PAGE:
WARNING: This blog entry was imported from my old blog on blogs.sun.com (which used different blogging software), so formatting and links may not be correct.
AST-based selection is a feature which lets you select the surrounding "block", based not on syntactic clues (such as braces and parentheses, as is offered by practically all editors), but based on the parse tree created by the compiler (or the "AST", for abstract syntax tree).
In NetBeans, there are two complementary actions to deal with AST selection: Select Surrounding and its reverse. They have other names which I can never remember, but the keybindings are as follows:
Select surrounding block
- Mac: Ctrl-Shift-. (period)
- Windows/Linux/Solaris/Others: Alt-Shift-.
- Mac: Ctrl-Shift-, (comma)
- Windows/Linux/Solaris/Others: Alt-Shift-,
On my U.S. keyboard, the comma and period keys are marked with "<" and ">" for the shift key which is somewhat reminiscent of blocks.
These two actions cooperate and are stateful: they remember the original caret location such that you can "go back".
Here's how it works. You want to select something surrounding the caret, say the whole method. In that case you just
hit the surrounding action. With your fingers holding ctrl and shift you hit dot -- once, twice, bam bam bam. If you do it
quickly you might "overshoot" and go one too far and select say the whole class instead of just the method. If so just press
comma and voila, it goes back one step down the selection hierarchy you just came up.
This makes this a very quick way to select code blocks -- no more need to grab the mouse and try to hit exactly the selection
boundaries between characters.
Here's an example of where this comes in useful. I sometimes remove long expressions from method call arguments by pulling it
out as a separate variable. Here's my call, and I want to extract the whole
First I move the caret anywhere within that expression:
Then I press Alt-Shift-. (or Ctrl-Shift-. on Mac):
One more time:
Let's pretend I was doing it quickly and hit it one extra time:
That's too far, so I press comma (with the modifier keys still pressed):
In practice (and with practice) this is done very quickly, faster than I can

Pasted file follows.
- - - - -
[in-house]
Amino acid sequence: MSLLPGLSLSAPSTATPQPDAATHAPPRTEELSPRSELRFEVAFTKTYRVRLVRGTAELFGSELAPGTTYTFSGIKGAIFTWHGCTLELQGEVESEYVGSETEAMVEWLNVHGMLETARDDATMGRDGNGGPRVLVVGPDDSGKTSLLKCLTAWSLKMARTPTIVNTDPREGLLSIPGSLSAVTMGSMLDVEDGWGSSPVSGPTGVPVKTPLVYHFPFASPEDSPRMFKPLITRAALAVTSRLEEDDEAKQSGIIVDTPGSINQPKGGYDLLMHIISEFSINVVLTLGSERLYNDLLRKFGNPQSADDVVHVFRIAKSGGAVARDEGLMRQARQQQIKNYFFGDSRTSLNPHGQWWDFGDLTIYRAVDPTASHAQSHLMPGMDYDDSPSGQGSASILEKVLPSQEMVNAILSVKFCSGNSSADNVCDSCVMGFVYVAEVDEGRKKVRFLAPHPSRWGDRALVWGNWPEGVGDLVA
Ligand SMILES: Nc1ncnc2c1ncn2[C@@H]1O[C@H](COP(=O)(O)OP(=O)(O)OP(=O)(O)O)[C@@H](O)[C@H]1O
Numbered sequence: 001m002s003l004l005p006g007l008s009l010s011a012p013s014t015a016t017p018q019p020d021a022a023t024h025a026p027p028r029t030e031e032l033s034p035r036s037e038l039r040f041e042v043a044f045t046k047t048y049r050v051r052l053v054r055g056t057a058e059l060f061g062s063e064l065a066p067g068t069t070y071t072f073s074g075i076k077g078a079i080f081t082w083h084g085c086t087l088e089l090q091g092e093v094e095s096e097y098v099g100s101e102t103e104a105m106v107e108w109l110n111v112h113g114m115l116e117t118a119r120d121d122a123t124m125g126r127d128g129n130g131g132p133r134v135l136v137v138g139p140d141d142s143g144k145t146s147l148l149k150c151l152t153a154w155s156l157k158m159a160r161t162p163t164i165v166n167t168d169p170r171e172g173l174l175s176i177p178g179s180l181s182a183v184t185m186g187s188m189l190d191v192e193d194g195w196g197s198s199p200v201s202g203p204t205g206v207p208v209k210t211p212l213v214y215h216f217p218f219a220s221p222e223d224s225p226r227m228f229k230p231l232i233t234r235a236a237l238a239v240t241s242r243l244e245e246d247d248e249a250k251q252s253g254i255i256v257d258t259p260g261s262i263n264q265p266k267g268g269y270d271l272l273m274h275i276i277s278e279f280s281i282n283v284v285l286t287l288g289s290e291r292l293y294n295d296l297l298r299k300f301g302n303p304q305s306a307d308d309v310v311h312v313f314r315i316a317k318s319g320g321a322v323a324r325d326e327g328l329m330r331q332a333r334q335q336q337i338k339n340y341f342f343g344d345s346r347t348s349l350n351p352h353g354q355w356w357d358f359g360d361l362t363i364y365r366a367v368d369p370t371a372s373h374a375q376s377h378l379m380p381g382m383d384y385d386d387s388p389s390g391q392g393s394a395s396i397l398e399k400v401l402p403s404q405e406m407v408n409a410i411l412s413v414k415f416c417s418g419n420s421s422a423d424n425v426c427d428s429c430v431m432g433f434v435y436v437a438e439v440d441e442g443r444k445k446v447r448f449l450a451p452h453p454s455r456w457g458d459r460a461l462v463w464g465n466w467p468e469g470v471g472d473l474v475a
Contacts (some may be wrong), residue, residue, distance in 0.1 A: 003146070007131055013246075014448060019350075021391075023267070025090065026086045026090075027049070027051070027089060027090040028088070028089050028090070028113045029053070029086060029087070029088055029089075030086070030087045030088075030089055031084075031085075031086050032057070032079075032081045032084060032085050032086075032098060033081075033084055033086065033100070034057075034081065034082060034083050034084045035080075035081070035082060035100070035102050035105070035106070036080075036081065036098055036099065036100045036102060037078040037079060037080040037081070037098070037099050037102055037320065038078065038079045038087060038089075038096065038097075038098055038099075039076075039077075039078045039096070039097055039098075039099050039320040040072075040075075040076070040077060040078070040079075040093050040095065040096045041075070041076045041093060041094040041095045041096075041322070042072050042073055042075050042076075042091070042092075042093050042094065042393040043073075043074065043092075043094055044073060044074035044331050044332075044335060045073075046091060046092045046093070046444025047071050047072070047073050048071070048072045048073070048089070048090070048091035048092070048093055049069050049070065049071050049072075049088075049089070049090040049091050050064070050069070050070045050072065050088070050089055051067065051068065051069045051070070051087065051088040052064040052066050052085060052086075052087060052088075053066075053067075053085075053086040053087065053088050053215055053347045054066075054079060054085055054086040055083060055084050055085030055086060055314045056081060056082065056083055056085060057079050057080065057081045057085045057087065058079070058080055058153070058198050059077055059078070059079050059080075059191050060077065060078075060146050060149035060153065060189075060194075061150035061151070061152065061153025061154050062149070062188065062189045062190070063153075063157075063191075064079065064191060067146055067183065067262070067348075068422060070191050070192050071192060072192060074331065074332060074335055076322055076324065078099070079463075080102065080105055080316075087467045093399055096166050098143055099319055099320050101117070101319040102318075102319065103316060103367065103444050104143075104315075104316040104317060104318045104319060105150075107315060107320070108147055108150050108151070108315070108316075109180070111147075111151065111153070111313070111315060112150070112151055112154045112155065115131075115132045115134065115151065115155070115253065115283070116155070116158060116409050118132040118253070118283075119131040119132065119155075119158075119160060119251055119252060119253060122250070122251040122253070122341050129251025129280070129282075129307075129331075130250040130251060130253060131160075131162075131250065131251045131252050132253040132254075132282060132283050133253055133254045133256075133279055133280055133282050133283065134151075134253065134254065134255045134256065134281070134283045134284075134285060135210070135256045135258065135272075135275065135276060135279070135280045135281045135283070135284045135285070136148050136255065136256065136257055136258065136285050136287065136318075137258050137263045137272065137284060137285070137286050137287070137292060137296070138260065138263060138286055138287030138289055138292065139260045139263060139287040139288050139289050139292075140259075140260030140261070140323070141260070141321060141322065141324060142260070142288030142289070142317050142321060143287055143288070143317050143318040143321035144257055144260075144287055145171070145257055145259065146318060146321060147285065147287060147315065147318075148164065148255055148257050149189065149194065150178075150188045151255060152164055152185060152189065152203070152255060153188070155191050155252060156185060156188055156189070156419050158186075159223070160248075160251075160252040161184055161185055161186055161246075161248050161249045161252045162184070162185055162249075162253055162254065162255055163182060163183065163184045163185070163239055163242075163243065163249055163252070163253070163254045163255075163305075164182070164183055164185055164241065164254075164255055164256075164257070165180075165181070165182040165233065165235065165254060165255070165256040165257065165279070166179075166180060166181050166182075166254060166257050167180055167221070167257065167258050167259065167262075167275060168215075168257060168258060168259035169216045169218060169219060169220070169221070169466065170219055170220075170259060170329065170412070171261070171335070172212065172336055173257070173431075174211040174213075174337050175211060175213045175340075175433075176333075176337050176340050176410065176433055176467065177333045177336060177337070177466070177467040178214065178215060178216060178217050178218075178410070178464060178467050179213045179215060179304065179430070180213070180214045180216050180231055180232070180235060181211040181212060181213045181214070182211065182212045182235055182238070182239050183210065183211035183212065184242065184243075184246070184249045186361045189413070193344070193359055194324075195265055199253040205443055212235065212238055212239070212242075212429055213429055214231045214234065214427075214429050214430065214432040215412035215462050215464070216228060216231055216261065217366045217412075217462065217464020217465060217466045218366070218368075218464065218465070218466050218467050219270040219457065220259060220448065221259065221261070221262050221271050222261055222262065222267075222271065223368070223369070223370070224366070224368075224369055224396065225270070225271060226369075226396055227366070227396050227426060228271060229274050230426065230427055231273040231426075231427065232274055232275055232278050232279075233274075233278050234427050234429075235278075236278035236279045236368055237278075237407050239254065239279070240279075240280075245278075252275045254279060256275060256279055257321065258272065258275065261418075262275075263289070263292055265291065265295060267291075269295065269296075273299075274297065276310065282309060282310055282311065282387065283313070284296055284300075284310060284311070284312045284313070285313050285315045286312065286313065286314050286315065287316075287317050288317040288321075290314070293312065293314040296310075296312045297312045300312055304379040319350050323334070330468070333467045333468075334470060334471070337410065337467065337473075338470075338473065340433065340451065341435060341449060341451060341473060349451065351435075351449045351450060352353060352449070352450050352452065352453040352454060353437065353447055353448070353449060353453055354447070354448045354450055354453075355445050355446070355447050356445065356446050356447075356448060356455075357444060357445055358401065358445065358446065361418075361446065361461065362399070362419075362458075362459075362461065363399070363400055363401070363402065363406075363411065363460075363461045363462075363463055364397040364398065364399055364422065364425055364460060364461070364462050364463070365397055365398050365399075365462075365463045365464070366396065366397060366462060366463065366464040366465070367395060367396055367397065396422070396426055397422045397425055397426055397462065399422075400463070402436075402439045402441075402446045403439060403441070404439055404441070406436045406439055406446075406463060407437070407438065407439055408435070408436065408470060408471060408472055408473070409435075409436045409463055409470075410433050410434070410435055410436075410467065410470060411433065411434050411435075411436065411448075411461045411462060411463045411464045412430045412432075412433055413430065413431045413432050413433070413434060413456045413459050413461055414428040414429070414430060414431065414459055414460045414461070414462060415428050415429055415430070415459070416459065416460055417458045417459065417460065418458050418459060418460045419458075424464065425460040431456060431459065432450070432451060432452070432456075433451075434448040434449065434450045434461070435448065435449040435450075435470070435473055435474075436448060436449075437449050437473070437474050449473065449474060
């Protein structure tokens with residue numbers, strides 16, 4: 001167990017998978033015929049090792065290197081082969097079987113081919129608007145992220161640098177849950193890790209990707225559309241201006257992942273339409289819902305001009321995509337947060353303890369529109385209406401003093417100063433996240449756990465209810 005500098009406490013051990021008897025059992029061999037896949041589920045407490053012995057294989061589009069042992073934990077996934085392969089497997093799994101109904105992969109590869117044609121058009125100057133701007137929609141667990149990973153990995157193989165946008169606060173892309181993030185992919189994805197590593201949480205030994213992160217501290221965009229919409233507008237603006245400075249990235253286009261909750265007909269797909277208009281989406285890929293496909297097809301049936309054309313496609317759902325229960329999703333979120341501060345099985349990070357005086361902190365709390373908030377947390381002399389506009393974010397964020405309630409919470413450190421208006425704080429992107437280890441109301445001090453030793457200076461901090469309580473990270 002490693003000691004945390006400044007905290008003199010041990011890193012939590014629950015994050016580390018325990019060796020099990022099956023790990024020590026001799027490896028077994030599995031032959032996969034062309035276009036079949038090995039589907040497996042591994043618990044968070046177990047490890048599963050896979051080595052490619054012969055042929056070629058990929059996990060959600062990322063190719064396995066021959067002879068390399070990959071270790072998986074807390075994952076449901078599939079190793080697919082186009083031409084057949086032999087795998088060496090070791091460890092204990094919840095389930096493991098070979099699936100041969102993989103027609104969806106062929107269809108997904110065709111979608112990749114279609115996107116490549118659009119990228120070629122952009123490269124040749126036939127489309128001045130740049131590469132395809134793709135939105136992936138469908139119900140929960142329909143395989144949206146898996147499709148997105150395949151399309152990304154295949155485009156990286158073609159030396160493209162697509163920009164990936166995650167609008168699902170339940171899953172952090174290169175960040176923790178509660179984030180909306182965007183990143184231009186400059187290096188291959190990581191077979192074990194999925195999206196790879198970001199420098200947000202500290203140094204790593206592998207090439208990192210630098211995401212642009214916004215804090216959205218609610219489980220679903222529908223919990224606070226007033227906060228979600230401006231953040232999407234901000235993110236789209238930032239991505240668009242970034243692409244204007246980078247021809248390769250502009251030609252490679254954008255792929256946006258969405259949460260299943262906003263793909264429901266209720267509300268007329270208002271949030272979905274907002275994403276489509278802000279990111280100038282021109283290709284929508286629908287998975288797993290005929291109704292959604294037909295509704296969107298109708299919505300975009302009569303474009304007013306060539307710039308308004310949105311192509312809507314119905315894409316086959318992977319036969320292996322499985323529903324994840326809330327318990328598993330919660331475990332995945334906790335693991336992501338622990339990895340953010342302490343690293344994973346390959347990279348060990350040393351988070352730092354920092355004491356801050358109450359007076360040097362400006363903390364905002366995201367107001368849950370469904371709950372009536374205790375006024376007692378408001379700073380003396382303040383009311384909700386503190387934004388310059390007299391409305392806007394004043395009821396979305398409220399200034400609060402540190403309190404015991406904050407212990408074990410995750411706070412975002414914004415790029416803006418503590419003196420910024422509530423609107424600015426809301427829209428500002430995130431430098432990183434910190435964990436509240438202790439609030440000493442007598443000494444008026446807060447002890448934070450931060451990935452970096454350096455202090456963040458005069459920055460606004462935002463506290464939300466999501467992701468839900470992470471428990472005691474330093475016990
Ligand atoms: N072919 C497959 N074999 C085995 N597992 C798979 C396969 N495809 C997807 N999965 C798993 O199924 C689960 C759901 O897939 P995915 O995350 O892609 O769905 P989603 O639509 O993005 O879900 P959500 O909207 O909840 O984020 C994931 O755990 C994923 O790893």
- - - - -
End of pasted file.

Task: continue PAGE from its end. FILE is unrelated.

accurately hit both ends of the expression with a mouse drag. And to finish
out the example, let me show a couple of more things related to the task.
Notice how there's a light bulb in the left hand side margin of the editor.
That tells me there are associated quick fixes. I press Alt Enter,
and the quick fix dialog is shown:
I choose "Introduce Variable" and press Return. This gives
a dialog where I can choose the variable name (and whether to replace all occurrences
when applicable). It suggests "min" since that's the function
name of the expression we're extracting.
Just press Return to apply the refactoring, and we've pulled out the argument
I just pressed return and got the default name. Then I realize that this may
not be a great name. What is that last parameter again? I can place the caret
somewhere within the last argument and press Cmd-P (or Ctrl+P
on other platforms) to get NetBeans to "Show Method Parameters".
Let's rename it to length instead. Press Ctrl-R (all platforms) to
apply rename refactoring, which (because this is a local or private variable)
will have "instant rename" applied where your edits are applied immediately
for every keystroke:
Just type the new name - notice that all the boxed expressions are edited synchronously.
Using AST-based selection to identify code blocks to extract as variables or methods
is useful, but it can be used in other ways as well. Let's say I want to add
a second validation step to this function. First I select the code block using
NetBeans has a keyboard command for duplicating the current line: Ctrl-Shift-Down
(and on Mac, it's Cmd-Shift-Down.) Note that when you have a selection, this
duplicates the entire selection. So all we have to do now is apply the duplicate command
and we've got a second if clause we can just tweak to whatever it is it needs to do.
AST based selection should be available in nearly all editor types in NetBeans.
blocks well - so if you apply select surrounding in say a Ruby comment, it will first select
the current line, then the whole documentation block, then outwards in the AST hierarchy.
Hope you find this helpful. If there are Eclipse or IntelliJ readers who know corresponding
keybindings in Eclipse, feel free to leave a comment so others can find it easily.